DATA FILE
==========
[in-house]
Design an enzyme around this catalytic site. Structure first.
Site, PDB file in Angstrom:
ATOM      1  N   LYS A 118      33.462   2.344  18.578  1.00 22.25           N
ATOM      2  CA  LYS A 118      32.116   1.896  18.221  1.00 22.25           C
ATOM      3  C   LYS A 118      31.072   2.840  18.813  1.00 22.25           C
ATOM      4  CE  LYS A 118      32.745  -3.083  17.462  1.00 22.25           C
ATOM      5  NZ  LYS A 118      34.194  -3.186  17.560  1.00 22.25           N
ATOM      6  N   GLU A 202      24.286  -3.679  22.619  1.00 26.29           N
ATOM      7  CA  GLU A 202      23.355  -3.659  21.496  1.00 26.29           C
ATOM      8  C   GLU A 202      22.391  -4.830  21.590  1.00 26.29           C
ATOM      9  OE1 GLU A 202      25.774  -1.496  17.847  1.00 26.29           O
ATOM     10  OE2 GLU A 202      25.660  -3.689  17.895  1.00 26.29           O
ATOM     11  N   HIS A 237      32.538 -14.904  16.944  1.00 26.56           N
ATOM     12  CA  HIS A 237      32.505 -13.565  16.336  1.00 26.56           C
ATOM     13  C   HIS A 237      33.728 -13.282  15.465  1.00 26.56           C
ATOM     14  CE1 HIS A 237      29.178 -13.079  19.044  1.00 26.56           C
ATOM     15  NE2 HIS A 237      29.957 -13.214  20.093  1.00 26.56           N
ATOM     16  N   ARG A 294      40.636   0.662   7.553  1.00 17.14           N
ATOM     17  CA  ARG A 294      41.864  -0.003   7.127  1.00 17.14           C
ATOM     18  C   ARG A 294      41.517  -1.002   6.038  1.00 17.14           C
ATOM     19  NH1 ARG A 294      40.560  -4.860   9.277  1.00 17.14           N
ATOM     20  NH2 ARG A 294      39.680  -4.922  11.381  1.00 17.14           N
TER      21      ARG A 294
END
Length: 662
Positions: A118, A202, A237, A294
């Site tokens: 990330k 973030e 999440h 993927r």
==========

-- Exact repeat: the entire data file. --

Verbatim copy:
[in-house]
Design an enzyme around this catalytic site. Structure first.
Site, PDB file in Angstrom:
ATOM      1  N   LYS A 118      33.462   2.344  18.578  1.00 22.25           N
ATOM      2  CA  LYS A 118      32.116   1.896  18.221  1.00 22.25           C
ATOM      3  C   LYS A 118      31.072   2.840  18.813  1.00 22.25           C
ATOM      4  CE  LYS A 118      32.745  -3.083  17.462  1.00 22.25           C
ATOM      5  NZ  LYS A 118      34.194  -3.186  17.560  1.00 22.25           N
ATOM      6  N   GLU A 202      24.286  -3.679  22.619  1.00 26.29           N
ATOM      7  CA  GLU A 202      23.355  -3.659  21.496  1.00 26.29           C
ATOM      8  C   GLU A 202      22.391  -4.830  21.590  1.00 26.29           C
ATOM      9  OE1 GLU A 202      25.774  -1.496  17.847  1.00 26.29           O
ATOM     10  OE2 GLU A 202      25.660  -3.689  17.895  1.00 26.29           O
ATOM     11  N   HIS A 237      32.538 -14.904  16.944  1.00 26.56           N
ATOM     12  CA  HIS A 237      32.505 -13.565  16.336  1.00 26.56           C
ATOM     13  C   HIS A 237      33.728 -13.282  15.465  1.00 26.56           C
ATOM     14  CE1 HIS A 237      29.178 -13.079  19.044  1.00 26.56           C
ATOM     15  NE2 HIS A 237      29.957 -13.214  20.093  1.00 26.56           N
ATOM     16  N   ARG A 294      40.636   0.662   7.553  1.00 17.14           N
ATOM     17  CA  ARG A 294      41.864  -0.003   7.127  1.00 17.14           C
ATOM     18  C   ARG A 294      41.517  -1.002   6.038  1.00 17.14           C
ATOM     19  NH1 ARG A 294      40.560  -4.860   9.277  1.00 17.14           N
ATOM     20  NH2 ARG A 294      39.680  -4.922  11.381  1.00 17.14           N
TER      21      ARG A 294
END
Length: 662
Positions: A118, A202, A237, A294
């Site tokens: 990330k 973030e 999440h 993927r």